Best of 2013: Top 10 Scripted TV Moments

From "Breaking Bad" to "Game of Thrones," THR rounds up the biggest episodes from the year.
From left: "Girls," "Game of Thrones" and "Breaking Bad"

Scripted television had a big year, from Scandal's endless twists and Pretty Little Liars' surprising reveals to Breaking Bad's swan song and Game of Thrones' bloody Red Wedding. The Hollywood Reporter runs down 13 of the biggest scripted moments from 2013.

Breaking Bad, "Felina"

The emotional series finale of AMC's critically-lauded, Emmy-winning drama saw the end of Walter White's (Bryan Cranston) journey, with 10.3 million viewers -- its biggest audience ever -- as witnesses on Sept. 29. It also prompted Breaking Bad to become the No. 1 ranked show on Twitter of the fall, according to Nielsen company SocialGuide (which measures a show's Twitter impact), reaching an average 6.02 million users and an astonishing 51.4 million impressions on Twitter.

Game of Thrones, "The Rains of Castamere"

For Game of Thrones fans, the Red Wedding wasn't unexpected (it's in the books) -- but it still caused an uproar from viewers unfamiliar with the George R.R. Martin novels -- and left an indelible mark when the gruesome deaths of beloved characters Catelyn Stark (Michelle Fairley) and Robb Stark (Richard Madden) played out on the small screen.

Glee, "The Quarterback"

Following Cory Monteith's death in July, Ryan Murphy and the writers had the difficult task of figuring out how best to honor the 31-year-old and his character, the lovable jock Finn Hudson. What they came up with was "The Quarterback," a touching tribute to Monteith and his legacy. It was Lea Michele's tearful rendition of "Make You Feel My Love," however, that madee the episode. (And, according to SocialGuide, Glee ranked No. 7 on its Twitter rankings for the fall, averaging 2.05 million unique users.)

Girls, "One Man's Trash"

Lena Dunham's HBO comedy has seen its share of criticism, and in a February episode with Patrick Wilson, that was no different. Dunham's Hannah found herself at the handsome Joshua's (Wilson) home to confess that she had been the one dumping her trash in his bins. Instead, the two embark on a brief, but significant affair. Airing midway through the season, the episode was met with mixed reactions from critics.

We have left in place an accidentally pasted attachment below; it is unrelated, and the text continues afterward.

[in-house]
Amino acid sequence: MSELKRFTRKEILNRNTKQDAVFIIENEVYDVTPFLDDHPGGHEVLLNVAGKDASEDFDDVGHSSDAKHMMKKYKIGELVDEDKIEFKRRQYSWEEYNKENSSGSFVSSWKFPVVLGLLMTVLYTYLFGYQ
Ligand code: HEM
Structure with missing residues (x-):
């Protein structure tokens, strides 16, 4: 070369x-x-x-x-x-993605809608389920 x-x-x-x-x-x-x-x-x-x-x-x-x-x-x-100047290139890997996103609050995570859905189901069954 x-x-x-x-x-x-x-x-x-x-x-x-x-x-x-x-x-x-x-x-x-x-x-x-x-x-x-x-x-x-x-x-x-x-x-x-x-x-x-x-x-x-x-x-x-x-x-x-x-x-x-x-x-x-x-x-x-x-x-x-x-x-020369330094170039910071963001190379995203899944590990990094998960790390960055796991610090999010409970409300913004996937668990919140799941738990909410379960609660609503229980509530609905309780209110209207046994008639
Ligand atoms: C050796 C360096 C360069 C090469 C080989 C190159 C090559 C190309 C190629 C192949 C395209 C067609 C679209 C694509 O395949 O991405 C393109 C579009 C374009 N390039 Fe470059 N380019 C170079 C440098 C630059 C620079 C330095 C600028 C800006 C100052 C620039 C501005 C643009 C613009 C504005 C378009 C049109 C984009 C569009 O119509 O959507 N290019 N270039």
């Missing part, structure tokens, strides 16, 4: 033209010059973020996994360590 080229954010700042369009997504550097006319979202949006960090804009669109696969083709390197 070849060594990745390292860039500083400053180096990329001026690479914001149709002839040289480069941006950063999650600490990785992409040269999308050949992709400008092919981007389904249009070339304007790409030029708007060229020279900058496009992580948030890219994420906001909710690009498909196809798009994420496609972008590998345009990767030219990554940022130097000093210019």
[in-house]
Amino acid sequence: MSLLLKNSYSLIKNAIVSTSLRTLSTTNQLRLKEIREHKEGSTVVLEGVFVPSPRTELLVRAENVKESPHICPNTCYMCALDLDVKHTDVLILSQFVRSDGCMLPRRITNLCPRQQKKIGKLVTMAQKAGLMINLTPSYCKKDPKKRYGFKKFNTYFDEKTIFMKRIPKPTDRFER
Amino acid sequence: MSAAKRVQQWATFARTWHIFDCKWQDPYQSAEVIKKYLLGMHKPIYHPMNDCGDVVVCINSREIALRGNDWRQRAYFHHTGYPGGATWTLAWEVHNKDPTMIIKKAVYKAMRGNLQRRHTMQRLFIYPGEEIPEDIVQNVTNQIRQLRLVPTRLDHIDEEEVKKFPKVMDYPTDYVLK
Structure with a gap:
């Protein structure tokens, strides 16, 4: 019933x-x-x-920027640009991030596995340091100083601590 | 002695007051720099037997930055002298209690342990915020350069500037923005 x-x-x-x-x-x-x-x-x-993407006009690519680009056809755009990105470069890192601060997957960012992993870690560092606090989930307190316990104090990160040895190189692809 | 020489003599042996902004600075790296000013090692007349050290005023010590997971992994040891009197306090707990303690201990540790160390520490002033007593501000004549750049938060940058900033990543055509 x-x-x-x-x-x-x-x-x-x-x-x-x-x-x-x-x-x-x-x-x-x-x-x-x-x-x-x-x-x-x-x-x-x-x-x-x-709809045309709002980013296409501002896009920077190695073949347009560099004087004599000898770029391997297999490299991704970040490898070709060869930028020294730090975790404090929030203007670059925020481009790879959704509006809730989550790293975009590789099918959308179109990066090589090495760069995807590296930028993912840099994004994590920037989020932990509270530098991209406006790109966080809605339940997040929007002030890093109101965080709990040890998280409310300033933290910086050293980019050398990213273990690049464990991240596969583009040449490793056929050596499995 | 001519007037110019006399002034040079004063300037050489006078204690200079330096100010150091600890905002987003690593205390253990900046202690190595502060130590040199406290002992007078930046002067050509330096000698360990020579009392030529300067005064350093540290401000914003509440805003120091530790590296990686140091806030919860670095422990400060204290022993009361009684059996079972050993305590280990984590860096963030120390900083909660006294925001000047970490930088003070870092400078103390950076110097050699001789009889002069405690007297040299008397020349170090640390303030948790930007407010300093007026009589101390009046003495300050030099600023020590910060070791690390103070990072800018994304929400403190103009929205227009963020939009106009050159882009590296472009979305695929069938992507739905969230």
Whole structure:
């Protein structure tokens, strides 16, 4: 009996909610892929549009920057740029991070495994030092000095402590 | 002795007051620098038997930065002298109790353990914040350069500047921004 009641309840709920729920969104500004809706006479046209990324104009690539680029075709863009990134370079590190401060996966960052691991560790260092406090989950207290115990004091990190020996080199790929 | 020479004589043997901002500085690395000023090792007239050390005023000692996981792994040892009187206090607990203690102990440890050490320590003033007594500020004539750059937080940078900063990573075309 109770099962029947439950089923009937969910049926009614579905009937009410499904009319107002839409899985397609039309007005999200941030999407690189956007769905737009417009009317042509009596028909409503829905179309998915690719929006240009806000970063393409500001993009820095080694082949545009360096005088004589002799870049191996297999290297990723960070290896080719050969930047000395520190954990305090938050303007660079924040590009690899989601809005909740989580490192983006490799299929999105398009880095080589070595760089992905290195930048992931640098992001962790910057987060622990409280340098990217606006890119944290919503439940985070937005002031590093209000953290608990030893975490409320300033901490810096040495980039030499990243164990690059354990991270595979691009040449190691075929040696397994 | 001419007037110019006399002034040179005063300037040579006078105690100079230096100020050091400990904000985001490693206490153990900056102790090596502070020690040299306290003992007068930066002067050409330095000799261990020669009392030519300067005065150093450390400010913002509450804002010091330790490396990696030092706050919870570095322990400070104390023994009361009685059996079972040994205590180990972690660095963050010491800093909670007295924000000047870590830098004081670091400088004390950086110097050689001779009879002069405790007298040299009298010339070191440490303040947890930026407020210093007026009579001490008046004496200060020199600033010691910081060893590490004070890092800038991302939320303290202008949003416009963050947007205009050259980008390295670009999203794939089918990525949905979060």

The Good Wife, "Hitting the Fan"

Co-creators Robert King and Michelle King have been on a tear in the current fifth-season run of The Good Wife, most easily demonstrated in the chaos of the game-changing (in every sense of the word) episode, "Hitting the Fan," that served as a reboot of sorts for the critically-hailed drama. After Lockhart/Gardner partners Will Gardner (Josh Charles) and (Christine Baranski) cut ties with Alicia Florrick (Julianna Margulies) and Cary Agos (Matt Czuchry) after learning of their intentions of breaking off -- and taking clients with them -- they set off on a tear (led mostly by Will) to do everything in their power to cripple their new competition. The episode revitalized an already consistent series.

Homeland, "The Star"

The Showtime drama went through a few hiccups in its third season, wrapping up a rollercoaster season in early December with the hanging death of Brody (Damien Lewis) and jumping one year in time as season four awaits. The finale drew the series' highest viewership to its original telecast, averaging 2.4 million. With Brody's story done, showrunner Alex Gansa told THR that Homeland "is really going to have to undergo a serious reboot and reinvention" in season four.

How I Met Your Mother, "Something New"

The May finale introduced the titular Mother (Cristin Milioti), a pivotal character that had been referenced since the start of the series but whose identity was never divulged. It was an eight-year mystery that was finally solved, but brought up new questions for the ninth and final season for Ted Mosby's (Josh Radnor) future wife.

Pretty Little Liars, "Now You See Me, Now You Don't"

ABC Family's noir mystery often dominated the conversation Tuesday nights on social media (its summer premiere generated 1.3 million tweets), but it was the summer finale's unmasking of Ezra (Ian Harding) -- one thought to be a friend of Aria (Lucy Hale), Hanna (Ashley Benson), Spencer (Troian Bellisario) and Emily (Shay Mitchell) -- as a major "A" player, Rosewood's omnipresent bully, that brought the show to even darker territory.

Scandal, "Nobody Likes Babies" (Or any other episode, really)

The fast-paced Shonda Rhimes political fixer series took it up another notch, with the 13th episode of season two that aired in February. The episode served as a reminder of just how chaotic Olivia Pope's world could get and what the people in it were capable of. Among the dramatic interconnected arcs of the episode, which nabbed actor Dan Bucatinsky an Emmy, were a presidential assassination attempt, a scandal (shocker) involving a fixed election and the president quietly committing murder. Scandal, in part due to the cast's live-tweeting every Thursday, also ranked No. 4 on SocialGuide's top Twitter rankings of the fall.

Switched at Birth, "Uprising"

Switched at Birth made history when it became the first scripted TV program to have the bulk of an episode told in American Sign Language. Creator Lizzy Weiss said in January, "I've been wanting to do an all-ASL episode since the series began, and the storyline we've been focusing on this season gave us the perfect opportunity." The episode focused on Daphne (Katie Leclerc) protest the closing of her school.

What were your favorite scripted TV moments or episodes from 2013?